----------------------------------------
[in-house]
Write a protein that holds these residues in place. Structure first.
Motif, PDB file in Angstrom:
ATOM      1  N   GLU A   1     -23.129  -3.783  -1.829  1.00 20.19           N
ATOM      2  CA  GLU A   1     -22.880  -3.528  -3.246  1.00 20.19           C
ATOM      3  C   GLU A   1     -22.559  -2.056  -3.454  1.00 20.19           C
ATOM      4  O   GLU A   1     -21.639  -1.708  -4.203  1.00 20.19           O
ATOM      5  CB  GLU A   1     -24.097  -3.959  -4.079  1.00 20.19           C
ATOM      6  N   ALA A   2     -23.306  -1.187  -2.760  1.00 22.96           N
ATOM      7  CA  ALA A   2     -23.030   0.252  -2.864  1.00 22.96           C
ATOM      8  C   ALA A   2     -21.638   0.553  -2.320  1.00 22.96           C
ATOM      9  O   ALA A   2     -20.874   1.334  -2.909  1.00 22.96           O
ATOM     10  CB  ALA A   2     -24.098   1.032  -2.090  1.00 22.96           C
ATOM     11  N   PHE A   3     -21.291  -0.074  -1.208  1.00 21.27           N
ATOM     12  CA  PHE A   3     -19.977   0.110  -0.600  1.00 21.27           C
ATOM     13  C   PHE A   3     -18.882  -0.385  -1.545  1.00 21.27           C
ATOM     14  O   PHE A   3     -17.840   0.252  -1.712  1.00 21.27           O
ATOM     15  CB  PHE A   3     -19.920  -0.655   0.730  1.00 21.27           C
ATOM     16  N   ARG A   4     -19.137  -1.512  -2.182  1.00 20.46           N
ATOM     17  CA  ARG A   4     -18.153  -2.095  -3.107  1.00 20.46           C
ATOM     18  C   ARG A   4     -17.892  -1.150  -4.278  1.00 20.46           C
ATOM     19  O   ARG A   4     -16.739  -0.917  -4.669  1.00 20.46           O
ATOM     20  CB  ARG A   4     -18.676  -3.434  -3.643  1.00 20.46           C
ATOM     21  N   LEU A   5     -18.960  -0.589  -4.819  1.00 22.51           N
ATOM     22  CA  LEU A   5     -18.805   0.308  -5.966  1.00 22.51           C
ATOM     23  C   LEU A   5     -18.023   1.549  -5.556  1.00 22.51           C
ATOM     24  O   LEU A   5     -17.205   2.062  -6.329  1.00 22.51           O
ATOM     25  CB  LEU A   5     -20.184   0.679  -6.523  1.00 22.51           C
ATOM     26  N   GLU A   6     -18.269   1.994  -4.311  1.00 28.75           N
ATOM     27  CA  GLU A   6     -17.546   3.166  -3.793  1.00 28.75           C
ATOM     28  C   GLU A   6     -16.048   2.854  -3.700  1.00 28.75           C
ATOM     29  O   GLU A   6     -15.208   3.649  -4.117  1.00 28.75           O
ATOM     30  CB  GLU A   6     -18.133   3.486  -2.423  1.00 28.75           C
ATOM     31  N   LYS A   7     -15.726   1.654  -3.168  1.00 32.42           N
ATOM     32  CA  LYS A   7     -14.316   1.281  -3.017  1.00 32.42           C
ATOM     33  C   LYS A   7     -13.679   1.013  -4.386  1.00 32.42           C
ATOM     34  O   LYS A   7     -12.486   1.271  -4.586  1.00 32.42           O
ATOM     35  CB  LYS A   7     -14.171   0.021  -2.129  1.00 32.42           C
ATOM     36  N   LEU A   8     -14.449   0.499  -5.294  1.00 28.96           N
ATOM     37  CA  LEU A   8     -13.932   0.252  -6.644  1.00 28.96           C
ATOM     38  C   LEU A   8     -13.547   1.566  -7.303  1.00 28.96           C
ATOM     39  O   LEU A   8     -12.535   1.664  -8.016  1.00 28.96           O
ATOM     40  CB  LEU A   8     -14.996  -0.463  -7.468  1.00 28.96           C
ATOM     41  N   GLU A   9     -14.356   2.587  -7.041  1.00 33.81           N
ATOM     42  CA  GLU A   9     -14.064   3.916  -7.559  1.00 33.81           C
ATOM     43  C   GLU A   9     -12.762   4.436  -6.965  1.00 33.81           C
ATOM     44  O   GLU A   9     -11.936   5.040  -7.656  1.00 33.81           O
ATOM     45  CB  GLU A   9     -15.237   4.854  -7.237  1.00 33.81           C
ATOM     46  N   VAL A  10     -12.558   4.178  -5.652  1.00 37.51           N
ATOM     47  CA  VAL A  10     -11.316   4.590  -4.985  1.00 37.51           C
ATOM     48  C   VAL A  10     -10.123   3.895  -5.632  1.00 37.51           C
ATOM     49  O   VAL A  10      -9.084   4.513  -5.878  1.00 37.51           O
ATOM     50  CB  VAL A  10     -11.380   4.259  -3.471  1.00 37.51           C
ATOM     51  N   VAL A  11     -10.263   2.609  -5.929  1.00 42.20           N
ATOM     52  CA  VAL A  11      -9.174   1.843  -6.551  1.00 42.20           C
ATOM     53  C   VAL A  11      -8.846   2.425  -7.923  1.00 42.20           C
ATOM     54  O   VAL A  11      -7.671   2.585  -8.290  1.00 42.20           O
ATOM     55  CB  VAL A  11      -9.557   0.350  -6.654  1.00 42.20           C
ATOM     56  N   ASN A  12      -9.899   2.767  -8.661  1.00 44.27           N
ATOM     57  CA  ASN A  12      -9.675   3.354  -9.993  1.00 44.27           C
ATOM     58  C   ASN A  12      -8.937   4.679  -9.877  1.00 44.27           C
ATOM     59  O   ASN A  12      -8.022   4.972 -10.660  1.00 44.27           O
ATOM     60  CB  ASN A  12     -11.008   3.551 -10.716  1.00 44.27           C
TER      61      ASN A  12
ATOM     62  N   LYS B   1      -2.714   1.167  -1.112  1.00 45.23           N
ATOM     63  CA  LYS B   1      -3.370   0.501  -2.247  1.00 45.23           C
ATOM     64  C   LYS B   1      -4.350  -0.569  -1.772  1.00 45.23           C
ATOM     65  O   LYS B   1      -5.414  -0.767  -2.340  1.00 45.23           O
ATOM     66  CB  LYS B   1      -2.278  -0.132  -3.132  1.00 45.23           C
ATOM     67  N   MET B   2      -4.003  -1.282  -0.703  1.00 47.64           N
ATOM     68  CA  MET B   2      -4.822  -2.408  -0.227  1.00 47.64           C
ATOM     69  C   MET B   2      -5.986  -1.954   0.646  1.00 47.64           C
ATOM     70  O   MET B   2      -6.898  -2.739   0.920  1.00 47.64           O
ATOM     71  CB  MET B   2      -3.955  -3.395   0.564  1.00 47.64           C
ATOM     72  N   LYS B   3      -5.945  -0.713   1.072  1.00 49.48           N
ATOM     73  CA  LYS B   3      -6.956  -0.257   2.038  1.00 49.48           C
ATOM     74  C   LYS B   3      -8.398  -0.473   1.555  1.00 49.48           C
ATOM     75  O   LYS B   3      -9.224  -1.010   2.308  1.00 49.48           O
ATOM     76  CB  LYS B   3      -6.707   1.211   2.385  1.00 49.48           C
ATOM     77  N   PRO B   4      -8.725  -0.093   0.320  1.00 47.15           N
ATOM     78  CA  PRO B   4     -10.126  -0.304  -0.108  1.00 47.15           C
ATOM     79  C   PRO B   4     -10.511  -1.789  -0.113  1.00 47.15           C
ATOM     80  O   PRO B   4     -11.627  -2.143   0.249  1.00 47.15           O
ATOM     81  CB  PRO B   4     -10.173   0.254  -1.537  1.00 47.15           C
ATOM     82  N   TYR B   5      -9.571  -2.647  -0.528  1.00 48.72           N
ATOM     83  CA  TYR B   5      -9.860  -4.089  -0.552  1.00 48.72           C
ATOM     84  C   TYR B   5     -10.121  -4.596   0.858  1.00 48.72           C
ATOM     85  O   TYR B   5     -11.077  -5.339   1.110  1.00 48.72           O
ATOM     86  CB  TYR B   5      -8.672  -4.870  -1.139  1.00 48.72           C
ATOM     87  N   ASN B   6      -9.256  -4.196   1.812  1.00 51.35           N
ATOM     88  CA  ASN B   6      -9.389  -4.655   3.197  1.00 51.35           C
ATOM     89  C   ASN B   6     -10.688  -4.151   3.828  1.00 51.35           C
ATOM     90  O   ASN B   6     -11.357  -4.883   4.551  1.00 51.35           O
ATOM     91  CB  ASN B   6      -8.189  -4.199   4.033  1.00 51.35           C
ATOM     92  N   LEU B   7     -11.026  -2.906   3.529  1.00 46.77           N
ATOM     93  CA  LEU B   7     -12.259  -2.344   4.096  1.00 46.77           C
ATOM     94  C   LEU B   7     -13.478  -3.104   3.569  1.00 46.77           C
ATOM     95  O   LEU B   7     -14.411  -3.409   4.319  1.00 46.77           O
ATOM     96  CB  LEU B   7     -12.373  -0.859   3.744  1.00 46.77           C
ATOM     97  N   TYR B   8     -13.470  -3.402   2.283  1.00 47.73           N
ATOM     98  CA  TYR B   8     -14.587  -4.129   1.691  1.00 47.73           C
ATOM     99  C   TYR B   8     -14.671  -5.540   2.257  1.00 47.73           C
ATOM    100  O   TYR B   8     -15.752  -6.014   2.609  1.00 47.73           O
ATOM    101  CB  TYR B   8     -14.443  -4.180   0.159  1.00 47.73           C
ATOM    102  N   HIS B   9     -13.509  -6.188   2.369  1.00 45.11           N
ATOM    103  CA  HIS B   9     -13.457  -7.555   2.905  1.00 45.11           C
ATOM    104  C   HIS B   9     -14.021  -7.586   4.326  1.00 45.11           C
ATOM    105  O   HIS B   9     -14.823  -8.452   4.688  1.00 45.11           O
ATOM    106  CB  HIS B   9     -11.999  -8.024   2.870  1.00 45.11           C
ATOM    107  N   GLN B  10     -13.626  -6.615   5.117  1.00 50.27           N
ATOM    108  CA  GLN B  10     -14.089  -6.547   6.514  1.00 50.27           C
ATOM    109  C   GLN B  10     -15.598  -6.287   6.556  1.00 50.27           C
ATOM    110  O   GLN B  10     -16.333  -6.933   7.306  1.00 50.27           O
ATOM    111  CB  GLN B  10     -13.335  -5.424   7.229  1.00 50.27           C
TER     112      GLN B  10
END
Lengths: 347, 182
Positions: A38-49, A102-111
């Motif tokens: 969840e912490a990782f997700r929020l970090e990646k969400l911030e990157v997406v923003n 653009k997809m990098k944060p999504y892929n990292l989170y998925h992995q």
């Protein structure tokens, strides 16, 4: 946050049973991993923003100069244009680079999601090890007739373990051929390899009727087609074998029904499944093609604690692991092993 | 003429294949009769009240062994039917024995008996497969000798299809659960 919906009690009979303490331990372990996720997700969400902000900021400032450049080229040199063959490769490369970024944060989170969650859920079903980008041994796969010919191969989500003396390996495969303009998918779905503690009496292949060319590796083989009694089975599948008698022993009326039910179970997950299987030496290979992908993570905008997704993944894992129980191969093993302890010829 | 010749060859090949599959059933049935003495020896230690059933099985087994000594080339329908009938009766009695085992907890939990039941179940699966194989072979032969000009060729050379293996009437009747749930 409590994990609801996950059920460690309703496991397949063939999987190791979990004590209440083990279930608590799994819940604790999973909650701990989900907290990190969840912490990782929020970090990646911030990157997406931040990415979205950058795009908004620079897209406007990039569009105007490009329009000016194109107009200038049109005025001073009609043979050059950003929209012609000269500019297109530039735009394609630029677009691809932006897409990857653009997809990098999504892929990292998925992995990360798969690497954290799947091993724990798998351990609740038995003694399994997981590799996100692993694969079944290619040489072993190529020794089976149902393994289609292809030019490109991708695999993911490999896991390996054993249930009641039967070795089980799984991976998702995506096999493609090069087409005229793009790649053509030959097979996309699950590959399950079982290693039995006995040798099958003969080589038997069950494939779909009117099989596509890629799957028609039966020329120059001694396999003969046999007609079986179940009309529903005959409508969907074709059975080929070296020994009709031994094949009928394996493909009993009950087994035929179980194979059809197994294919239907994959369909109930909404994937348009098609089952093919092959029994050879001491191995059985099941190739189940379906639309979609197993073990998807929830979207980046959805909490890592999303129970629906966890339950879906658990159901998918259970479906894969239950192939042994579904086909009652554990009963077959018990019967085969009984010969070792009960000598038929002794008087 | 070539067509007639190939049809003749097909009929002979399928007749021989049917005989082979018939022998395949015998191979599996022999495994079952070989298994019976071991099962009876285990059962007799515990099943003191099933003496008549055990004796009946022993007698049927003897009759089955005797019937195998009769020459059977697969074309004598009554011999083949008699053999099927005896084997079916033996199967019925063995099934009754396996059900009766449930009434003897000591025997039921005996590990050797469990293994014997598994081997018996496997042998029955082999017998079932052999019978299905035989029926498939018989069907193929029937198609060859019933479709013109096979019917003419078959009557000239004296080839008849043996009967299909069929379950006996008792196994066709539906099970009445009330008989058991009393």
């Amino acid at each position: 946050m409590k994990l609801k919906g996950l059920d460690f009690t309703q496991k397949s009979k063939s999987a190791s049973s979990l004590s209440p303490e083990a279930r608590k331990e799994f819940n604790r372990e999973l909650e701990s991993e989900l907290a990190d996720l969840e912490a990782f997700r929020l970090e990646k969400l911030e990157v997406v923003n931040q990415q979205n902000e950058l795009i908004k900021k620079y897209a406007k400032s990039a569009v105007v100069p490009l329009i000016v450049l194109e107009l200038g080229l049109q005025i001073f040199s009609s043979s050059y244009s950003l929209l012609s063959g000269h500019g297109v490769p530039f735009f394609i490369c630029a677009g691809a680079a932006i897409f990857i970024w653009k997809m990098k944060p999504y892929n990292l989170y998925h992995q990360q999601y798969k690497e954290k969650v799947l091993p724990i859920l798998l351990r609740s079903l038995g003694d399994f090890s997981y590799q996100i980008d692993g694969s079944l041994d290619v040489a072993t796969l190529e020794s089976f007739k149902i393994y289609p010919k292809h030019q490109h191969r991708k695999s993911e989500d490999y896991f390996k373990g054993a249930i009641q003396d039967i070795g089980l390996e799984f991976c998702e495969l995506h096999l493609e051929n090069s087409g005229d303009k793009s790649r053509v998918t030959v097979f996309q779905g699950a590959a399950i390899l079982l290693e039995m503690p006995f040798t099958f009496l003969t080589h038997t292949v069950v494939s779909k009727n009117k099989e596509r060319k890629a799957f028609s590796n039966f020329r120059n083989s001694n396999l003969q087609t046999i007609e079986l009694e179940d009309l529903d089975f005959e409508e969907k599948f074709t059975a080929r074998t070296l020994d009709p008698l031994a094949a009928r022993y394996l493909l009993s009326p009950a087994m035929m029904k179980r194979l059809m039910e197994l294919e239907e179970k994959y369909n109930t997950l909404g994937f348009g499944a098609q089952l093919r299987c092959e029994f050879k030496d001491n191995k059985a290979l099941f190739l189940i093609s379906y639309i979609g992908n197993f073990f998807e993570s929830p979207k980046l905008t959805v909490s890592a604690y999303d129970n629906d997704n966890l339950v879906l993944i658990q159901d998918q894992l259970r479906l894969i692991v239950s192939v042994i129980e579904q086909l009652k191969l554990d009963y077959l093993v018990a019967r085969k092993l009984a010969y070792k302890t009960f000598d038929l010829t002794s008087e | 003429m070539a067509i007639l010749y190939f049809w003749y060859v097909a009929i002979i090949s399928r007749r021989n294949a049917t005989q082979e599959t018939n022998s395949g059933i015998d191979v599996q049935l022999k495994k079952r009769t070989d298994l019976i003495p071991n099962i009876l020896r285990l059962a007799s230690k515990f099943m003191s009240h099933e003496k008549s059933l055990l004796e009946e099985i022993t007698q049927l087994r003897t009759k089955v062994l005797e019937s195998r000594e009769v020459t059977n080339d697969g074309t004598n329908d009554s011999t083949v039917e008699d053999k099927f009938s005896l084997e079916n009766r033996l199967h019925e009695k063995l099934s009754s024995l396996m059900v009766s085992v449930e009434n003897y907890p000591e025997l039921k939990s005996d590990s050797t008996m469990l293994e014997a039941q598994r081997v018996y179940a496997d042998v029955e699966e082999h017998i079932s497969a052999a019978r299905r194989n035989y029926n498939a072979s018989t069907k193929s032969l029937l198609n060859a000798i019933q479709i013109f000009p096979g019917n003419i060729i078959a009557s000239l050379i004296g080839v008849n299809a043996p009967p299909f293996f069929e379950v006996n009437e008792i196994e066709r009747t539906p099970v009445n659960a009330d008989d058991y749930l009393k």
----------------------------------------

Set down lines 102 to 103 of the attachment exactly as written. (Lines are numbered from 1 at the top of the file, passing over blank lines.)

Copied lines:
ATOM     99  C   TYR B   8     -14.671  -5.540   2.257  1.00 47.73           C
ATOM    100  O   TYR B   8     -15.752  -6.014   2.609  1.00 47.73           O